“We have some news for you,” my father called out when Charles came closer. The shoulders of his navy jacket were covered with dust. He pulled off the yellow construction hat he wore, cradling it like a baby.
He glanced from my father to me, then to the car idling behind us. The soldier was standing outside it, his rifle slung over his shoulder. “It must be important. I can't remember a time when Genevieve visited me on a project.”
The King rested his hand on my back, pushing me forward ever so slightly. “Go on, Genevieve,” he whispered. “Tell Charles the happy news.” He was watching me, his eyes fixed on the side of my face.
It was over now, I could sense it, as my gaze met Charles's. He looked at once hopeful and nervous, as he smoothed down a tuft of black hair that had fallen in his eyes. I filled my lungs, holding it there until it was too much to take. “I'm pregnant,” I said, my throat tight. “The City will be thrilled, I'm sure.”
The bulldozer moved along the construction floor below, a low, beeping sound filling the air. I rested my hand on my chest, feeling my heart alive beneath my breastbone, the steadiness of it calming me.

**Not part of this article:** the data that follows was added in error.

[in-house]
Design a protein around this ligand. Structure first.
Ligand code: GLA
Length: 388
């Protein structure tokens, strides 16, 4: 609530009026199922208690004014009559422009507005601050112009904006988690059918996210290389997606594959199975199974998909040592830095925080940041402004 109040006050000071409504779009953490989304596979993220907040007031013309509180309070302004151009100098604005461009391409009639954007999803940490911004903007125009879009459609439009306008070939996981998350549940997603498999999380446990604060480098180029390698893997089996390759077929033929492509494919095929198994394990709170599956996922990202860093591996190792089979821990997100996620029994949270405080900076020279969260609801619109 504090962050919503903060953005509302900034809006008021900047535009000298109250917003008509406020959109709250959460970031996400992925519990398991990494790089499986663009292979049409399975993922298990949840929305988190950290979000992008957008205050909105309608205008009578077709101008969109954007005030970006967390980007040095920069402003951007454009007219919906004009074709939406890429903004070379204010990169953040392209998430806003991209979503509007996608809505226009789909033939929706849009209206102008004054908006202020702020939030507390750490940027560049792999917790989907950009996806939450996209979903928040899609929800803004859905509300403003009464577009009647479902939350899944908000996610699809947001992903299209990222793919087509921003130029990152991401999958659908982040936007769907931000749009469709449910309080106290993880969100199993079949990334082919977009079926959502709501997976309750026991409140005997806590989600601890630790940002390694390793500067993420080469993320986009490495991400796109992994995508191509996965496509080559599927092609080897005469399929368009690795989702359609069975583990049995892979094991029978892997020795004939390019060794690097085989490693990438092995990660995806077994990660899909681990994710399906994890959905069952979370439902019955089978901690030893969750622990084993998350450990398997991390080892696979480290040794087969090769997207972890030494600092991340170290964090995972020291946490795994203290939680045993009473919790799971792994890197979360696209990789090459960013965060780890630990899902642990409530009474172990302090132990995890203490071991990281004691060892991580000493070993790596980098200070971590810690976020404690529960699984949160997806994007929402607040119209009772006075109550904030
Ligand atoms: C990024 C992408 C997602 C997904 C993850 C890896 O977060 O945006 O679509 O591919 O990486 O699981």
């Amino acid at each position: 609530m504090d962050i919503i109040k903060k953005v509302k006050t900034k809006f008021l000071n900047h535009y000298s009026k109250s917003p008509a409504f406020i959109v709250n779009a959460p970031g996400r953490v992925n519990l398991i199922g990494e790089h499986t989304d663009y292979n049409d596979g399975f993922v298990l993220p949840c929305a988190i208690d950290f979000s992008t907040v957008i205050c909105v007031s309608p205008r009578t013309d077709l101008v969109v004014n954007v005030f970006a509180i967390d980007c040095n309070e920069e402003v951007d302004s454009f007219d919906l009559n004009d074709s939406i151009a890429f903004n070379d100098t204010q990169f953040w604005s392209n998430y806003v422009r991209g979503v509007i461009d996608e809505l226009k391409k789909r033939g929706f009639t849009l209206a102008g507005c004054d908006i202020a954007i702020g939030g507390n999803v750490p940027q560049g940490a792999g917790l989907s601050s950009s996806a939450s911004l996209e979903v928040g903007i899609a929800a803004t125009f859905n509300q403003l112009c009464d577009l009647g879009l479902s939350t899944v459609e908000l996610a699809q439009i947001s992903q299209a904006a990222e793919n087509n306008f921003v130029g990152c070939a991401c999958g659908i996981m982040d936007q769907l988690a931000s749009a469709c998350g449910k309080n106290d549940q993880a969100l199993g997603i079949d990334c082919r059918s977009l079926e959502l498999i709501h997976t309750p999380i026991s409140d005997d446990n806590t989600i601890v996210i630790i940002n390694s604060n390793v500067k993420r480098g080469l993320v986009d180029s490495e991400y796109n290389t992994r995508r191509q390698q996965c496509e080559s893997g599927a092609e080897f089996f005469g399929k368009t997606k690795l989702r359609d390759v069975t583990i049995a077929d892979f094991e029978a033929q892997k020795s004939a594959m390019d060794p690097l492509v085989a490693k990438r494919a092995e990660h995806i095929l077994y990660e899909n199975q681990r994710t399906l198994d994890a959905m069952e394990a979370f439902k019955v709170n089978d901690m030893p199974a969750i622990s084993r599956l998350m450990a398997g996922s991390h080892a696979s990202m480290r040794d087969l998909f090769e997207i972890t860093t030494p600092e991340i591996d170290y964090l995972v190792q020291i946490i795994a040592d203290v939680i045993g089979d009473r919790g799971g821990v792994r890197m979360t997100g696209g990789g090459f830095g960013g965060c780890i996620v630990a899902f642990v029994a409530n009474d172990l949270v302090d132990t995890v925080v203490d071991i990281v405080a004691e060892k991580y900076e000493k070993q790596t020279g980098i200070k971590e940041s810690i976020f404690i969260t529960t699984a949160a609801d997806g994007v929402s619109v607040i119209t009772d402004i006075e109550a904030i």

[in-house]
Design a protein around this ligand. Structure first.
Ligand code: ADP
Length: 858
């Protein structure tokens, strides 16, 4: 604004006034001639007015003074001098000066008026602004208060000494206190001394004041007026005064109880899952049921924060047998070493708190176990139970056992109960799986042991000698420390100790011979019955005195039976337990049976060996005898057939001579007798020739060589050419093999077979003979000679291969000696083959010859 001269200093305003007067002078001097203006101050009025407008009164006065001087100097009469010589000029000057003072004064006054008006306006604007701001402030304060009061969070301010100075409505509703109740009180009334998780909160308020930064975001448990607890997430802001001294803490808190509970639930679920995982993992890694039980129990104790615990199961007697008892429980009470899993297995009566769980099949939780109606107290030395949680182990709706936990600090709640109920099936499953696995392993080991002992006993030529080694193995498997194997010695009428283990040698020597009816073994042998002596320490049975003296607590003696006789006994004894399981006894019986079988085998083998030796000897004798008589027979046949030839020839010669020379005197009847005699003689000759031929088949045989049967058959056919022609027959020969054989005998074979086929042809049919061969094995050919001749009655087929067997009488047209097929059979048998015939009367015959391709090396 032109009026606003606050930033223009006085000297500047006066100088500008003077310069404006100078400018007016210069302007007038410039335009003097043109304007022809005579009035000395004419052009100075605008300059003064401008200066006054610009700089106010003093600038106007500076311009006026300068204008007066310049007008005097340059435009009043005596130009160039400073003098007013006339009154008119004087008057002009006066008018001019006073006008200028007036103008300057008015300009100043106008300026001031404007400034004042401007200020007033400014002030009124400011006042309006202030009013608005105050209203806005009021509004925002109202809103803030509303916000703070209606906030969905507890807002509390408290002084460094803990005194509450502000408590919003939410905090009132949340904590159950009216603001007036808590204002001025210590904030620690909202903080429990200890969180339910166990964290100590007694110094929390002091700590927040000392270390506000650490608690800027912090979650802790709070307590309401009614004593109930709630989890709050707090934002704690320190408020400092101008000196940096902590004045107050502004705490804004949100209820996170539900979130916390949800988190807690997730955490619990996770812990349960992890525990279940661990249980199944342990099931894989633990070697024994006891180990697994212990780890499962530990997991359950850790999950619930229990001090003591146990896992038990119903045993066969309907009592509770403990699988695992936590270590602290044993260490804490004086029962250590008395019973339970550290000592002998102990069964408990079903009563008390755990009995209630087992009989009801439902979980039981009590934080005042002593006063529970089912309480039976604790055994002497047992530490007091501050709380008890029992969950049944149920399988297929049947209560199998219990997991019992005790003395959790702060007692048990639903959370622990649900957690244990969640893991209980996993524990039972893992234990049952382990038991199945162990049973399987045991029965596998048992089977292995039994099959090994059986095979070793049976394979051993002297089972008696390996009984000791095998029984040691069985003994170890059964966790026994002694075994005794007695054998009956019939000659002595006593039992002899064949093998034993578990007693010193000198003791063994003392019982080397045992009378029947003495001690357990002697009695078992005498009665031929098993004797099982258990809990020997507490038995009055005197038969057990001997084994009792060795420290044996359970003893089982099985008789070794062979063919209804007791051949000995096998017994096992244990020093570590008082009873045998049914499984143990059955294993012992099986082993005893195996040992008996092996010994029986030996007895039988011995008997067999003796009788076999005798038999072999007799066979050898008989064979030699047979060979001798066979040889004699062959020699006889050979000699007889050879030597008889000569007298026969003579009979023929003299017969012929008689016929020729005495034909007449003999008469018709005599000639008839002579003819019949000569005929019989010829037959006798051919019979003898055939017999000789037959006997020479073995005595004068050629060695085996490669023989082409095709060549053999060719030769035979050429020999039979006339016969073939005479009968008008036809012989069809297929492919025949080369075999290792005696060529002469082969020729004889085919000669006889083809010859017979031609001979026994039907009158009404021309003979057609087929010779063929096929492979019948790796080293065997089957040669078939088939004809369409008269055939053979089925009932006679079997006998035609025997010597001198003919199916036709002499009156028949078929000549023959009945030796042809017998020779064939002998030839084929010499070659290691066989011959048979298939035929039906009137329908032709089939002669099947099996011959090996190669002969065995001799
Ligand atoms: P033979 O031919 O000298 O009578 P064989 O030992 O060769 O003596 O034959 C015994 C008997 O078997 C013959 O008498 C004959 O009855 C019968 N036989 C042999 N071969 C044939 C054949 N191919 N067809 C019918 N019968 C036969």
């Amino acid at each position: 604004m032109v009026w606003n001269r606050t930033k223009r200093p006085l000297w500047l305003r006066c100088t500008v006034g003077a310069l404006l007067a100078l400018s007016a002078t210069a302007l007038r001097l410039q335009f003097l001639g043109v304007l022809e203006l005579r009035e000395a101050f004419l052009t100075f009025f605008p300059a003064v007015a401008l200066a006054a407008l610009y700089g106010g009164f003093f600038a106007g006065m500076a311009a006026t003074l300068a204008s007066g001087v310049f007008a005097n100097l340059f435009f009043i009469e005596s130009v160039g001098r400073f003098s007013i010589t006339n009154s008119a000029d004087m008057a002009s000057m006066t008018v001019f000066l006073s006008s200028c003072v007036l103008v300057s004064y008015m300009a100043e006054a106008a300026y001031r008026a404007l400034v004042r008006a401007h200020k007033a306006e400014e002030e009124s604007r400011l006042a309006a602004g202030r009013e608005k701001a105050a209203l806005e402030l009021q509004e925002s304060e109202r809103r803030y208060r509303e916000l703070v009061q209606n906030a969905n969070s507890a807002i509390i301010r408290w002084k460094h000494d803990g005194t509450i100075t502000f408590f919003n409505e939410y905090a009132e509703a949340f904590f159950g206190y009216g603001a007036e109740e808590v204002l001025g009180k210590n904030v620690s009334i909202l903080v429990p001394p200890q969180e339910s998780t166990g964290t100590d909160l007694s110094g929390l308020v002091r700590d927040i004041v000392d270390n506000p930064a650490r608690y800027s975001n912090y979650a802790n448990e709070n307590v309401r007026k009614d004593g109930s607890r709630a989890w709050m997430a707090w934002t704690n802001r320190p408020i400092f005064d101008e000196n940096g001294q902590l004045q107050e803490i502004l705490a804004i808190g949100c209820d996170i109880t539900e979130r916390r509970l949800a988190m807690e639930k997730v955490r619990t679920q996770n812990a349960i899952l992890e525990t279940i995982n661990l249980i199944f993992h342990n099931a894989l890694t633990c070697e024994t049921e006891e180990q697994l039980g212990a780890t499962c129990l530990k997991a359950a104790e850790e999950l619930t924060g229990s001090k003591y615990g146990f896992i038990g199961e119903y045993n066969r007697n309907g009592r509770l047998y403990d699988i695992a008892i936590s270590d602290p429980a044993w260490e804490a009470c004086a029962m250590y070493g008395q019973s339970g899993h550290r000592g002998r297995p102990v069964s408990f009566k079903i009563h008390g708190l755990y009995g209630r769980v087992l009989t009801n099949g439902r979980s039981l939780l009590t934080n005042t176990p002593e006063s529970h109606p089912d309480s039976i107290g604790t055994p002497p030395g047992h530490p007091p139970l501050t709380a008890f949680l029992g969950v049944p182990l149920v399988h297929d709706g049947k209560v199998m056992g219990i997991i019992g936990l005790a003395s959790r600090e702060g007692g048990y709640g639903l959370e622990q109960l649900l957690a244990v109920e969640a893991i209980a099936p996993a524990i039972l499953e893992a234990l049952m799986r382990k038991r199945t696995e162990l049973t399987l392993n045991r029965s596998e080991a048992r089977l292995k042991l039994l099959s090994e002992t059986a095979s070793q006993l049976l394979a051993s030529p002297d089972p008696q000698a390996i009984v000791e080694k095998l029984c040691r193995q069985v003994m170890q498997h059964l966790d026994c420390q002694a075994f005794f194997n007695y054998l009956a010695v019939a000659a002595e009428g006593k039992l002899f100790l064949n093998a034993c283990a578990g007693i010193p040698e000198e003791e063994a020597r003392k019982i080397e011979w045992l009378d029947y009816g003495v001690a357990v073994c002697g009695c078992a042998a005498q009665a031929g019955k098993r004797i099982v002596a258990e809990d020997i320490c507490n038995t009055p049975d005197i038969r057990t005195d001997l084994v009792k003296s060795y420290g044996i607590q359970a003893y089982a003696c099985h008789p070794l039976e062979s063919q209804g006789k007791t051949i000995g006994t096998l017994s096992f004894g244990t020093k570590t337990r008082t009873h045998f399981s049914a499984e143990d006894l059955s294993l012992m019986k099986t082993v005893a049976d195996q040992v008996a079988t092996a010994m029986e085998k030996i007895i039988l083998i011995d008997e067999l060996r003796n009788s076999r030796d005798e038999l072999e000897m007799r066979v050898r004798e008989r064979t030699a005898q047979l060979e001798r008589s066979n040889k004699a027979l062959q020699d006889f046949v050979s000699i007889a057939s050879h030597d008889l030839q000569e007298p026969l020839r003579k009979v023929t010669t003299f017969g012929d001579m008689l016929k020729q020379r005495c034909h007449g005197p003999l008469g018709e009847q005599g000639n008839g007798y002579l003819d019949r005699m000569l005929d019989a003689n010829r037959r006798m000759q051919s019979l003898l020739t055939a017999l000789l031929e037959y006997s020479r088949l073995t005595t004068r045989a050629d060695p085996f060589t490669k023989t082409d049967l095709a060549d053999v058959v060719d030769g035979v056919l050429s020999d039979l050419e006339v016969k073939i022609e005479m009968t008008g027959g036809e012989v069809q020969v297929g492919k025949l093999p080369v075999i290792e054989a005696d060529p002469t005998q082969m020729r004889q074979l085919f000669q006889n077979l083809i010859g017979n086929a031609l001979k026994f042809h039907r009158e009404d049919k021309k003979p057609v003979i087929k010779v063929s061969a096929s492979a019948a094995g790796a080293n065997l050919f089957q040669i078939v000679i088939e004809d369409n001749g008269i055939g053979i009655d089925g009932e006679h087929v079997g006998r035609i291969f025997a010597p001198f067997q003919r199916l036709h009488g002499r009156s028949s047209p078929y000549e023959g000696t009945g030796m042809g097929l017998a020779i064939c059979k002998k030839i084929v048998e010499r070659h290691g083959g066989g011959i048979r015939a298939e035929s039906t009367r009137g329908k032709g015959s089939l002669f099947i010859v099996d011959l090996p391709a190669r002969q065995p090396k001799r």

Just say it
, I thought, watching as Charles dropped his head, his eyes on the pavement.
Don't drag this out any further.
“As am I.” He came toward me, his arms over my shoulders, until I was pressed tightly against his chest. I breathed in, my body slowly relaxing, settling in beside him. He rested his hand on the back of my head so gently, I had to blink back tears. “I've never been happier.”
THE PARTY WAS STILL GOING ON, EVEN AFTER THE MUSICIANS
had left for the night and the last of the cups and saucers had been cleared from the tables in the parlor. My father was more animated than I'd ever seen him, gesturing with his crystal glass, rambling on to Harold Pollack, an engineer in the City. “It's something to celebrate,” I heard him say, as Charles and I started for the door.
“In a time when things aren't as certain,” Harold agreed.